The Minister of Foreign Affairs of Slovenia, Miro Cerar, will pay a working visit to Cyprus on October 17 and 18 during which he will hold talks with his Cypriot counterpart, Nikos Christodoulides, and will attend a Cyprus - Slovenia business forum.
CNA has learned that during their talks, on Thursday, the two Foreign Ministers will discuss about developments in the Cyprus problem, Turkish provocative activities in Cyprus’ Exclusive Economic Zone (EEZ) in light of the decision of EU Foreign Affairs Ministers on targeted measures against the Turkish illegal drilling, expected to be endorsed later this week by the European Council, EU matters, including Brexit, and the bilateral relations between Cyprus and Slovenia. After their talks the two Ministers will make statements to the press.
On Friday, Cerar will hold a meeting with the President of the House of Representatives Demetris Syllouris and will attend the Cyprus – Slovenia business forum organized by the Cyprus Chamber of Commerce and Industry in cooperation with Slovenia.
The Foreign Ministers of Cyprus and Slovenia will address the opening of the seminar.
The EU28 Foreign Affairs Ministers agreed on Monday in Luxembourg that "a framework regime of restrictive measures targeting natural and legal persons responsible for or involved in the illegal drilling activity of hydrocarbons in the Eastern Mediterranean is put in place” and invited the EU High Representative and the Commission to swiftly present proposals to this effect.
More specifically, according to the text adopted by the Council: "In light of Turkey’s continued illegal drilling activities in the eastern Mediterranean, the Council reaffirms its full solidarity with Cyprus, regarding the respect of its sovereignty and sovereign rights in accordance with international law."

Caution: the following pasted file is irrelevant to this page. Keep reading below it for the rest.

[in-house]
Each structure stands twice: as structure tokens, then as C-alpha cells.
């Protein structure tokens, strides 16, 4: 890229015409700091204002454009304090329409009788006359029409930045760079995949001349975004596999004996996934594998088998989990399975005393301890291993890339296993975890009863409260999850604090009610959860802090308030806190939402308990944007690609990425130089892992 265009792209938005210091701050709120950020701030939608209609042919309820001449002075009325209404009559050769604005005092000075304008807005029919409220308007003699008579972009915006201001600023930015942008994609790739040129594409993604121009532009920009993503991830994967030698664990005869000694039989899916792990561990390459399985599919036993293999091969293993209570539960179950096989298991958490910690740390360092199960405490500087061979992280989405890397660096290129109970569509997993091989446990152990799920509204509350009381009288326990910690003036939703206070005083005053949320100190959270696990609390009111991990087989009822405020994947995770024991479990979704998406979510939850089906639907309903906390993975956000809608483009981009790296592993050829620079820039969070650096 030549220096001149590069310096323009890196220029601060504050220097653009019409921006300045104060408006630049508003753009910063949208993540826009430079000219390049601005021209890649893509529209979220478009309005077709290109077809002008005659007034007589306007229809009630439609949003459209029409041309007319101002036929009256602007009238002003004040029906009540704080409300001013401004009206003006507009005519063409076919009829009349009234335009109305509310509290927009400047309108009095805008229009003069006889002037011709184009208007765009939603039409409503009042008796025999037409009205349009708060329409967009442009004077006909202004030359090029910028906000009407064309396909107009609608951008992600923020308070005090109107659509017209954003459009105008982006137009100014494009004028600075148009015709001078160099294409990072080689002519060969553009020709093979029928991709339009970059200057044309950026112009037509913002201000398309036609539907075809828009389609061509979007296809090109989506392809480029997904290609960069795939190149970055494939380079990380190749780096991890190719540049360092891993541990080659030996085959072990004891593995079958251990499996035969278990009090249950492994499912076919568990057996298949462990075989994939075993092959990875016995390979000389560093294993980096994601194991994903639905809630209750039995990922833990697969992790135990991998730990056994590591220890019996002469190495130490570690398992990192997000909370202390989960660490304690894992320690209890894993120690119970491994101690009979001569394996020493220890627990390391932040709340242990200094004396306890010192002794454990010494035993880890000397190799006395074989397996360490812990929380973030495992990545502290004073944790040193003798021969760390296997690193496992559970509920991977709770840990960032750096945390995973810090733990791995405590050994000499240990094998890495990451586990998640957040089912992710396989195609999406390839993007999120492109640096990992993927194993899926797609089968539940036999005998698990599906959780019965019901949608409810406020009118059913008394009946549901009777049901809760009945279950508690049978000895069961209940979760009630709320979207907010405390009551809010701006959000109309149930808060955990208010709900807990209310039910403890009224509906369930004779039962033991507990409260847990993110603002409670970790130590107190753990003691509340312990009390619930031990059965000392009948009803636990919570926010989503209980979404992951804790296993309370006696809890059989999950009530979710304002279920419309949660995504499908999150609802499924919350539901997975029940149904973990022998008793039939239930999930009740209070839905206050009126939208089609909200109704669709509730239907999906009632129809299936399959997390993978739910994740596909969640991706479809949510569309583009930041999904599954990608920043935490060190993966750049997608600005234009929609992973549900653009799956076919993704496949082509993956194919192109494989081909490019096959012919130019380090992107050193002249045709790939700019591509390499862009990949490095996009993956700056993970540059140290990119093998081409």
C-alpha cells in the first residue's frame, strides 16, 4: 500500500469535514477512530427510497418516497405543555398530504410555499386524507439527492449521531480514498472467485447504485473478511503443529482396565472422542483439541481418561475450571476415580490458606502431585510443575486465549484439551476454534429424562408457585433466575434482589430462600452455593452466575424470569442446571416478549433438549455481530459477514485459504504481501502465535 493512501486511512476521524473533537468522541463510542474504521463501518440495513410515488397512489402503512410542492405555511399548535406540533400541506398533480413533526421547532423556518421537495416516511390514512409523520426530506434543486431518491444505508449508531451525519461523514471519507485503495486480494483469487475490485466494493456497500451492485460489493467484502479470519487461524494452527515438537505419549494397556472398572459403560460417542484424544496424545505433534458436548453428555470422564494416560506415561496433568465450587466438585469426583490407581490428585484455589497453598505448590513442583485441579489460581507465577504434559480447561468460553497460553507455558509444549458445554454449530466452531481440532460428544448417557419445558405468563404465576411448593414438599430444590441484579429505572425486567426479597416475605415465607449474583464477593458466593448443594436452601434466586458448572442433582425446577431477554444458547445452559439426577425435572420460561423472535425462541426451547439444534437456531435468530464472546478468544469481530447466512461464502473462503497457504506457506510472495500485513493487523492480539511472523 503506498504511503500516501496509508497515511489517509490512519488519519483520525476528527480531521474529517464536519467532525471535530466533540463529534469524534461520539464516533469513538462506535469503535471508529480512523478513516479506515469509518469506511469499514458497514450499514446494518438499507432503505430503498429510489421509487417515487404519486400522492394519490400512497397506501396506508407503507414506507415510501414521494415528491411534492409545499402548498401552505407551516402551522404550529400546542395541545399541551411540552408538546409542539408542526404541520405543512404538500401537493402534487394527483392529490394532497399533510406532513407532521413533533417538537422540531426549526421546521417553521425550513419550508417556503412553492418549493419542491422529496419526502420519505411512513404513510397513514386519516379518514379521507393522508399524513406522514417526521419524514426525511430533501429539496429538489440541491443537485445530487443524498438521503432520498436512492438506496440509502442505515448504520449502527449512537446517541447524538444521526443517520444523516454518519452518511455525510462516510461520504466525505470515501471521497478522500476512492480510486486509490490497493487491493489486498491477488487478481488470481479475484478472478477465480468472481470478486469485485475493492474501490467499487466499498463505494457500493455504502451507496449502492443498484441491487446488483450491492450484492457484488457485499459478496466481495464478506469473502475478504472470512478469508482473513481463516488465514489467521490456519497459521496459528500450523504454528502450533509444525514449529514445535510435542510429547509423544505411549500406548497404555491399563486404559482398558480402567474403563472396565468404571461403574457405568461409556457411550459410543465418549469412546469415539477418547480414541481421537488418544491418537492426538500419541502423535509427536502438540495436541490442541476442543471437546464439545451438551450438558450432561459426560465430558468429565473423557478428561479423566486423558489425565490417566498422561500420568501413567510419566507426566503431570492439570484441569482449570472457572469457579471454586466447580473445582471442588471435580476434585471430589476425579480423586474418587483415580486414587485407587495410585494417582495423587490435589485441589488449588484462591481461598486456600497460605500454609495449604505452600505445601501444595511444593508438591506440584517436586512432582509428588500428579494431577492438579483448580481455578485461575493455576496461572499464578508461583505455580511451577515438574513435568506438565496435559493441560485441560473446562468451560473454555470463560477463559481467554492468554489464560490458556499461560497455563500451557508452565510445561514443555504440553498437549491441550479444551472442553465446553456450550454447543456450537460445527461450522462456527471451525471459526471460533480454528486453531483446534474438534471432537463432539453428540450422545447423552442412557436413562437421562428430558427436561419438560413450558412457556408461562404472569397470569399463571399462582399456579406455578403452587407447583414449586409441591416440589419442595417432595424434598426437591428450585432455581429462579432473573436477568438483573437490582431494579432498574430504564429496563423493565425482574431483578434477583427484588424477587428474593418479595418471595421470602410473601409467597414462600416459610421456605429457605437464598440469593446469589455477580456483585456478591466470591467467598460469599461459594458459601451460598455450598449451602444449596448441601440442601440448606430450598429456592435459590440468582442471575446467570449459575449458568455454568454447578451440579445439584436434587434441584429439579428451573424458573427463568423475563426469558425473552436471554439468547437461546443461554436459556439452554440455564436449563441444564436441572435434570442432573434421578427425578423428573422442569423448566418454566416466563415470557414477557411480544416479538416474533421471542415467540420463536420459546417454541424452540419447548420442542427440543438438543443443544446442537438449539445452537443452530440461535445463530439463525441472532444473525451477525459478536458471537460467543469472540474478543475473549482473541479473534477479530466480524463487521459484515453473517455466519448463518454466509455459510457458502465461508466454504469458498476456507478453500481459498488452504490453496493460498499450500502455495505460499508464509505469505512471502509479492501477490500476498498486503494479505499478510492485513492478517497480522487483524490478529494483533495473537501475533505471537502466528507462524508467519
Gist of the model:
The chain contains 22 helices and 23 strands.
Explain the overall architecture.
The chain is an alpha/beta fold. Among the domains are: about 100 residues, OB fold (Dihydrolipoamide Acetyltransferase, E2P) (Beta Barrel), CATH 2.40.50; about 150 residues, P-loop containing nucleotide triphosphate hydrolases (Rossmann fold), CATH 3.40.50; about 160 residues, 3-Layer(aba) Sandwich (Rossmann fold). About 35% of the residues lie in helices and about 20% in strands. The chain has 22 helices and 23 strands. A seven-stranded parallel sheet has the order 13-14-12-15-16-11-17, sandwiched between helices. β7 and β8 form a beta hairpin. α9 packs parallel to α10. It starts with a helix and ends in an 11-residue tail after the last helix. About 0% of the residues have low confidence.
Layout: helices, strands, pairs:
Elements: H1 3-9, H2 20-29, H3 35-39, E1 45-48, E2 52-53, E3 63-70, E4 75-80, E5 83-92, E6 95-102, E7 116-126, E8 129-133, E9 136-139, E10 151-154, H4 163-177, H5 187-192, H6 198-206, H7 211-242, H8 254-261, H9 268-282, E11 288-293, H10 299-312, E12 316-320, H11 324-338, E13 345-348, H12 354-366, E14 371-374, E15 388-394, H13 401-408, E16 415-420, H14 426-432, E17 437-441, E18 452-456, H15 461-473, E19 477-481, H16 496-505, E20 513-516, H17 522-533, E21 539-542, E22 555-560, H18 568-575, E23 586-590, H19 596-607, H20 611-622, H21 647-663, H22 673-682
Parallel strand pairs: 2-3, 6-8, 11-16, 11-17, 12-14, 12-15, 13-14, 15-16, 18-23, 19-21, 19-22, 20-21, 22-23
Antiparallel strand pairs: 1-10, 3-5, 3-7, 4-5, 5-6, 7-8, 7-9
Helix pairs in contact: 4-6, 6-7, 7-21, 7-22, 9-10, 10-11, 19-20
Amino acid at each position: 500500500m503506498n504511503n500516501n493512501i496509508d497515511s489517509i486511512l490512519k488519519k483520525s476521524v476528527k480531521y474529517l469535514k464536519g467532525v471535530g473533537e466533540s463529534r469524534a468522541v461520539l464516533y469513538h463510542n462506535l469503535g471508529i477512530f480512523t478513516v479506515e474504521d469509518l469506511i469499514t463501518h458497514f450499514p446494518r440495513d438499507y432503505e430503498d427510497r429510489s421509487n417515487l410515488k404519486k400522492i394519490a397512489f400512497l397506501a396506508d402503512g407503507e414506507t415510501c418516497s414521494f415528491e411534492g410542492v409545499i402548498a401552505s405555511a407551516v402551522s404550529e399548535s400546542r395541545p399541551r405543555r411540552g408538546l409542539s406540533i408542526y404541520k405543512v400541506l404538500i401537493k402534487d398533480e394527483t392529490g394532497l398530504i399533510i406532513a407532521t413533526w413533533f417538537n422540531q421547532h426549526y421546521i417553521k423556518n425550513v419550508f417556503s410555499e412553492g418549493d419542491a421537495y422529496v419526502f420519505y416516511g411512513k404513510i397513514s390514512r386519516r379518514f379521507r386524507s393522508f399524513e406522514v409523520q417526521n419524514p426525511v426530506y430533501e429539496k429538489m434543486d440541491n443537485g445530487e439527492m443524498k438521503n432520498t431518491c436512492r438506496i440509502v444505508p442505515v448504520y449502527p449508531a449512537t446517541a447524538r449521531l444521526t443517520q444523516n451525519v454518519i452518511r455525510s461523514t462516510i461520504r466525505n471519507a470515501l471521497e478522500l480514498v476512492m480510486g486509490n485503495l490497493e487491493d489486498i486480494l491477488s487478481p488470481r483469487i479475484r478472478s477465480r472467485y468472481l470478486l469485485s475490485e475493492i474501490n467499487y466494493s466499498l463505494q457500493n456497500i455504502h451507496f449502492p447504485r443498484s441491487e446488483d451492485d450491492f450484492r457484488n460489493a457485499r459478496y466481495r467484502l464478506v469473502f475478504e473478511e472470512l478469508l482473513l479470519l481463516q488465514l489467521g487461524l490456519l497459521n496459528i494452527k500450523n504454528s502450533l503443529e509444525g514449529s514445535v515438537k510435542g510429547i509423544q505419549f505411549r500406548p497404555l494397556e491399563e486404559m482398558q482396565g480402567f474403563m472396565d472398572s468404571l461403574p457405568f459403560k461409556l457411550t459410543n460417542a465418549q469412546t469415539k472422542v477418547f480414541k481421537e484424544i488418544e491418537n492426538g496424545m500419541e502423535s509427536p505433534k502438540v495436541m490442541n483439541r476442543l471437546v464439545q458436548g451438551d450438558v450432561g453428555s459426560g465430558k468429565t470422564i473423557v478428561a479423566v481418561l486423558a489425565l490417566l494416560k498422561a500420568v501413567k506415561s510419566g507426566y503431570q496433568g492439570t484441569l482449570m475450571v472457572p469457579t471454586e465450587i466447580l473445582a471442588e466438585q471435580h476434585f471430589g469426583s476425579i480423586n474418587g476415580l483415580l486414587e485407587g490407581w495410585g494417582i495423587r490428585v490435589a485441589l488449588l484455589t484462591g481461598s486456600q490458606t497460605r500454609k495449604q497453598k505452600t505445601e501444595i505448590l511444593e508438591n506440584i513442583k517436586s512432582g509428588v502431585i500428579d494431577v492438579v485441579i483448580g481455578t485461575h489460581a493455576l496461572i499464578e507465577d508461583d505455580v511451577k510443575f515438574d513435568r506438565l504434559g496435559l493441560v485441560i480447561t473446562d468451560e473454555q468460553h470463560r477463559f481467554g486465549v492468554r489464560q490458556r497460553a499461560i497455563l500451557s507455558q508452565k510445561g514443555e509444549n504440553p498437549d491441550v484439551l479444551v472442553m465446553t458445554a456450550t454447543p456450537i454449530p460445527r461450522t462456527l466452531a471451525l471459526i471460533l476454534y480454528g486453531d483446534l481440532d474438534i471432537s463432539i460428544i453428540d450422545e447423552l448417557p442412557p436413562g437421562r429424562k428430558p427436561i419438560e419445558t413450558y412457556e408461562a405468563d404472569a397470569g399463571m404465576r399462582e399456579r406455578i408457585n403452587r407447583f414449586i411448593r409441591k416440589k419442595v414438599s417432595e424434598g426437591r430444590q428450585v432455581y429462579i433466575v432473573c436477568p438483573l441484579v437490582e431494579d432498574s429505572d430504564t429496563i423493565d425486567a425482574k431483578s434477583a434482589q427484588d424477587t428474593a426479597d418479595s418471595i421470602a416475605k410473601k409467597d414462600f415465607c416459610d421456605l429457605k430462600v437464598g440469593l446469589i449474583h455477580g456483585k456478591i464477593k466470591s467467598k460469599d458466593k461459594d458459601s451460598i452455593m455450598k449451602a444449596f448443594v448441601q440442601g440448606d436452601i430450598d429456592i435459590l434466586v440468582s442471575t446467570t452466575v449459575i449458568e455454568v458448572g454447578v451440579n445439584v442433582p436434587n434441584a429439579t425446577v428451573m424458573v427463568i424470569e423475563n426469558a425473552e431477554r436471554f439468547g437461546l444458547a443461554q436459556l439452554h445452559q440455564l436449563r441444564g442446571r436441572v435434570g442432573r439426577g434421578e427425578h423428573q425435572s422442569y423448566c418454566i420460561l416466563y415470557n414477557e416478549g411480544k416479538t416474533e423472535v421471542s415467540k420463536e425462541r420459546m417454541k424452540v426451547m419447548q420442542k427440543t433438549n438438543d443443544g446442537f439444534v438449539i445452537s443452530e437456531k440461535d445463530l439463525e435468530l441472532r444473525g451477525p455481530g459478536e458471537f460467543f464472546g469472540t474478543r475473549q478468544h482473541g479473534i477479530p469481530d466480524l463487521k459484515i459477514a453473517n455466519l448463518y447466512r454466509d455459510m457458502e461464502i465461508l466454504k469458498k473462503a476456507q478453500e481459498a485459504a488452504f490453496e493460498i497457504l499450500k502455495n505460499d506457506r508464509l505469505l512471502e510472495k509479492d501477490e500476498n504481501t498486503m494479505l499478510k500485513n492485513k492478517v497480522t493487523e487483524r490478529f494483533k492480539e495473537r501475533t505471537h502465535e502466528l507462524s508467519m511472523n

The Council "recalls its conclusions of 15 July 2019 in all its parts, and notably that delimitation of exclusive economic zones and continental shelf should be addressed through dialogue and negotiation in good faith, in full respect of international law and in accordance with the principle of good neighbourly relations."
Furthermore, the Council, "based on preparatory work already undertaken, agrees that a framework regime of restrictive measures targeting natural and legal persons responsible for or involved in the illegal drilling activity of hydrocarbons in the Eastern Mediterranean is put in place, and invites the High Representative and the Commission to swiftly present proposals to this effect."
According to a navigational warning issued by Turkey, Turkish drill ship "Yavuz", which has returned to Cyprus’ EEZ, will carry out drilling operations inside block 7, located off the south-western coast of Cyprus. Block 7 has been licensed by the government of Cyprus to France’s Total and Italy’s ENI for drilling operations.
"Yavuz”, was anchored off the island’s north-eastern coast on July 8 and operated within the territorial waters of the Republic of Cyprus, until September 17, when it departed for a Turkish port in Mersin.
Moreover, Turkey issued a navigational telex (navtex), announcing its intention to start drilling off Cyprus and since 4 May 2019, the Turkish drill ship “Fatih” has been anchored 36 nautical miles west of Akamas peninsula. The area falls within the Exclusive Economic Zone (EEZ) and continental shelf of the Republic of Cyprus. Ankara extended the navtex until November 1, 2019.
Cyprus has called on drill ship “Yavuz” and its supporting vessels to immediately cease illegal actions in the Republic’ Exclusive Economic Zone and its continental shelf.
A navigational telex (navtex), published on the website of the Joint Rescue and Coordination Centre (JRCC) stationed in Larnaca, also warned all those working on "Yavuz" and its supporting vessels that they will face consequences and an international arrest warrant will be issued against them.
EU Foreign Ministers endorsed on 15 July 2019 measures concerning Turkey’s illegal drilling in the EEZ of Cyprus, deciding, among others, to suspend negotiations with Ankara on the Comprehensive Air Transport Agreement and postpone the Association Council and other EU-Turkey meetings. Moreover, the Council reduced the pre-accession assistance to Turkey for 2020 and invited the European Investment Bank to review its lending activities in the country.
In accordance with the 20 June 2019 European Council conclusions, Foreign Ministers also invited the High Representative and the Commission to continue working on options for targeted measures in light of Turkey’s continued drilling activities in the Eastern Mediterranean.
Cyprus has been divided since 1974, when Turkish troops invaded and occupied its northern third. Turkey has ignored numerous UN resolutions calling for the withdrawal of the Turkish troops and respect of the integrity and sovereignty of the Republic of Cyprus. Repeated rounds of UN-led peace talks have so far failed to yield results. The last round of negotiations, in the summer of 2017, at the Swiss resort of Crans-Montana ended inconclusively.